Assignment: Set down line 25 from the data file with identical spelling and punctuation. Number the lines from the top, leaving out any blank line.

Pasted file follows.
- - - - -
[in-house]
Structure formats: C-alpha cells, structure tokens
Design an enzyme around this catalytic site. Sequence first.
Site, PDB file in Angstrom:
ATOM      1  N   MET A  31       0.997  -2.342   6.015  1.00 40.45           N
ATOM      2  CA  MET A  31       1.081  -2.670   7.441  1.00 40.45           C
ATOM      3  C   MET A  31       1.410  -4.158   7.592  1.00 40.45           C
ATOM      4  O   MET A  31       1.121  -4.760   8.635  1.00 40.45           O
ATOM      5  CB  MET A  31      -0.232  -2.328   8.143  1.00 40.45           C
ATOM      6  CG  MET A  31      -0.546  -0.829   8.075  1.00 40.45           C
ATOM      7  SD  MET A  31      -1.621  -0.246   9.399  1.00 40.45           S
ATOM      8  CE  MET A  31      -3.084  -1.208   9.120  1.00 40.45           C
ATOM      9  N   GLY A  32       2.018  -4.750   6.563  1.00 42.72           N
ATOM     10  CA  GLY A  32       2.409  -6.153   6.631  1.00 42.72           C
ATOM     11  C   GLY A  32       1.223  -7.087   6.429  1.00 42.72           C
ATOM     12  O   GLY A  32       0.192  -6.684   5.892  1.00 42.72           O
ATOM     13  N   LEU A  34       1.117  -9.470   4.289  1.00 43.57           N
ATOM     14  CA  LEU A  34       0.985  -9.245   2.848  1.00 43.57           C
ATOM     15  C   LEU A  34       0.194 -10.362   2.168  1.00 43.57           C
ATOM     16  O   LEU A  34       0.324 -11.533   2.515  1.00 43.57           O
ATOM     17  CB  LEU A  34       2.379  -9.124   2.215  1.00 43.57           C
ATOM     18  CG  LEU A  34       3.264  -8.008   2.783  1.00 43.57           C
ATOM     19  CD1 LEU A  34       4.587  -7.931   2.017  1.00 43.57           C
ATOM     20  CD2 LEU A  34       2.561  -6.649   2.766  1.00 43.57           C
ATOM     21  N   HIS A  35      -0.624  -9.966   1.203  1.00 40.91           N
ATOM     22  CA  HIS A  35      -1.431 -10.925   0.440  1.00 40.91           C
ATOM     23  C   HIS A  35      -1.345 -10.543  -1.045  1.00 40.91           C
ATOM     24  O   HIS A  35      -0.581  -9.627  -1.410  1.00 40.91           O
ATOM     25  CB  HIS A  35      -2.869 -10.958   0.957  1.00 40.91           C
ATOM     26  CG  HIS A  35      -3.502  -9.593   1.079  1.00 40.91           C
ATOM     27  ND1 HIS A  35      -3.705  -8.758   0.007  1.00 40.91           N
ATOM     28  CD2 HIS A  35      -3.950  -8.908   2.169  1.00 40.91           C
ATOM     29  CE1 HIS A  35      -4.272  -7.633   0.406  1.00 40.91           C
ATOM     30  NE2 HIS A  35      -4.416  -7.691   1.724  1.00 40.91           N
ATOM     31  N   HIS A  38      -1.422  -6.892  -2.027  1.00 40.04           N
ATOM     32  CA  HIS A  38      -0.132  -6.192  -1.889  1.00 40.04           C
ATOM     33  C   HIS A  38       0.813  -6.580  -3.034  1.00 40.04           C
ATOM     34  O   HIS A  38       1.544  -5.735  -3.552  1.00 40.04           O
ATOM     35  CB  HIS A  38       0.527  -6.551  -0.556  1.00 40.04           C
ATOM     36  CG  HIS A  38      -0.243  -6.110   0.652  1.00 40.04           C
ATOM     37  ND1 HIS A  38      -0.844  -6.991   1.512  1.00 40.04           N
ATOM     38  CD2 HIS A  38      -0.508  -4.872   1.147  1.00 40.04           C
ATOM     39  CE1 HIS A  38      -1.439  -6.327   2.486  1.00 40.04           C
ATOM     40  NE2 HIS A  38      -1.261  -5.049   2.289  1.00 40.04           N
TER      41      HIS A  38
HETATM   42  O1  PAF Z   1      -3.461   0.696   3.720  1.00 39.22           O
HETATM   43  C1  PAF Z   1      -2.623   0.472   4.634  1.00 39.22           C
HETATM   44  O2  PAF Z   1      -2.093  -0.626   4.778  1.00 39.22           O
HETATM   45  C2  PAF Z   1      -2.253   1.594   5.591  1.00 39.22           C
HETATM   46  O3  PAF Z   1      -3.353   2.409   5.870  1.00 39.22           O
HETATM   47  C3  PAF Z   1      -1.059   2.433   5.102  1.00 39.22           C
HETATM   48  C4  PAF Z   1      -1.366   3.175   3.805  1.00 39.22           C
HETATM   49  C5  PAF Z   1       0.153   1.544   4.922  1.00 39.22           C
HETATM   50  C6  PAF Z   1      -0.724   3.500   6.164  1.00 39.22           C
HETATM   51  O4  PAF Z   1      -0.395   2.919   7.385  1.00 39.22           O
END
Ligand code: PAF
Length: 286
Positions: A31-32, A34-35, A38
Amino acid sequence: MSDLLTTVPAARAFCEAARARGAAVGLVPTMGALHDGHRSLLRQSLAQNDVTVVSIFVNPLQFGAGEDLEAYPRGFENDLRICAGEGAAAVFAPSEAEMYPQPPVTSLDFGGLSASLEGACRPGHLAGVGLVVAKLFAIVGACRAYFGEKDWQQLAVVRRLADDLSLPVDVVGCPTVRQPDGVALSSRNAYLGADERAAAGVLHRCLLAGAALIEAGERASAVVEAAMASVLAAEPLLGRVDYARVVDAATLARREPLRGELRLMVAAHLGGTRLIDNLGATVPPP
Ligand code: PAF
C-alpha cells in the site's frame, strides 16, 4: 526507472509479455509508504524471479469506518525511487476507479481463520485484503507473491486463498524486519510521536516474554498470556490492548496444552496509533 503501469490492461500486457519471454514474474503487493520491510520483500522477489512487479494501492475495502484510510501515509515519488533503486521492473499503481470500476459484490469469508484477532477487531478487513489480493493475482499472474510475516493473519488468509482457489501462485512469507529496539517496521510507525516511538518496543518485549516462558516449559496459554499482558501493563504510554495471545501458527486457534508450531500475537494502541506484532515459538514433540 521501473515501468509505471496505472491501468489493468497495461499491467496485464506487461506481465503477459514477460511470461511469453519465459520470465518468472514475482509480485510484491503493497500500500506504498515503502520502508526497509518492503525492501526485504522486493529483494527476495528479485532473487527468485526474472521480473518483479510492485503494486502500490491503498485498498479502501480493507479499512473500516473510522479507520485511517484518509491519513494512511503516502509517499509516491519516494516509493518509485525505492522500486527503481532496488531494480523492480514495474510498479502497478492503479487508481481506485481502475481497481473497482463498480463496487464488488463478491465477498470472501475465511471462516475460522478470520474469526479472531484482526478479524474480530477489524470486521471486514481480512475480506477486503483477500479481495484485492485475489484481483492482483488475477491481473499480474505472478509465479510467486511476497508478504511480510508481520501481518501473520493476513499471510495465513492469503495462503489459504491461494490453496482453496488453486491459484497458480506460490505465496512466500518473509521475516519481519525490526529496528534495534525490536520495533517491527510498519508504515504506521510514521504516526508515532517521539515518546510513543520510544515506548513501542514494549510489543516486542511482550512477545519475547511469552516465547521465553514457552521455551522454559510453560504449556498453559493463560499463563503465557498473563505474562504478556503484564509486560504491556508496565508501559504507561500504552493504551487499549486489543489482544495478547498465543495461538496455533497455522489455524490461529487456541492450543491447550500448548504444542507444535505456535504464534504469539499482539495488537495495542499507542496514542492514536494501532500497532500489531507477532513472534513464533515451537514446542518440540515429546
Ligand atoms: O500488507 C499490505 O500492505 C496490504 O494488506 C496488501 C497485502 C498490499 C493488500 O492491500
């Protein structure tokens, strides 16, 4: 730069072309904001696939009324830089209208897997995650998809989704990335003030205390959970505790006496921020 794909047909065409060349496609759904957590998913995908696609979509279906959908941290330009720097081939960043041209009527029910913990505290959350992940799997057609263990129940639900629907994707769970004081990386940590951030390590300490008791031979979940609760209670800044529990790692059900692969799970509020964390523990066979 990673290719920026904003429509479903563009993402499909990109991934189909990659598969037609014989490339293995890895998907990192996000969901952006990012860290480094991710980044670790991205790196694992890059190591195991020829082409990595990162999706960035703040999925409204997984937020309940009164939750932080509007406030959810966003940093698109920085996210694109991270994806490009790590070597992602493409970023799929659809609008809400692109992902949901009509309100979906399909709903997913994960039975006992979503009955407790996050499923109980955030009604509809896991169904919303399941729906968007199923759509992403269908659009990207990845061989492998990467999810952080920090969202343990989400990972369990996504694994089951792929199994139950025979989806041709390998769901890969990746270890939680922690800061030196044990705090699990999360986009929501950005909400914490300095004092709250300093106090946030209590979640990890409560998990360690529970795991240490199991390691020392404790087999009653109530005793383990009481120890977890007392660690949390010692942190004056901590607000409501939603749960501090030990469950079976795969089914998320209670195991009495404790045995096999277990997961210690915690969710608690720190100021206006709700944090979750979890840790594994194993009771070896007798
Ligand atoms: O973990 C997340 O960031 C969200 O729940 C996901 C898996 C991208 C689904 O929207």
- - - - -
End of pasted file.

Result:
ATOM     21  N   HIS A  35      -0.624  -9.966   1.203  1.00 40.91           N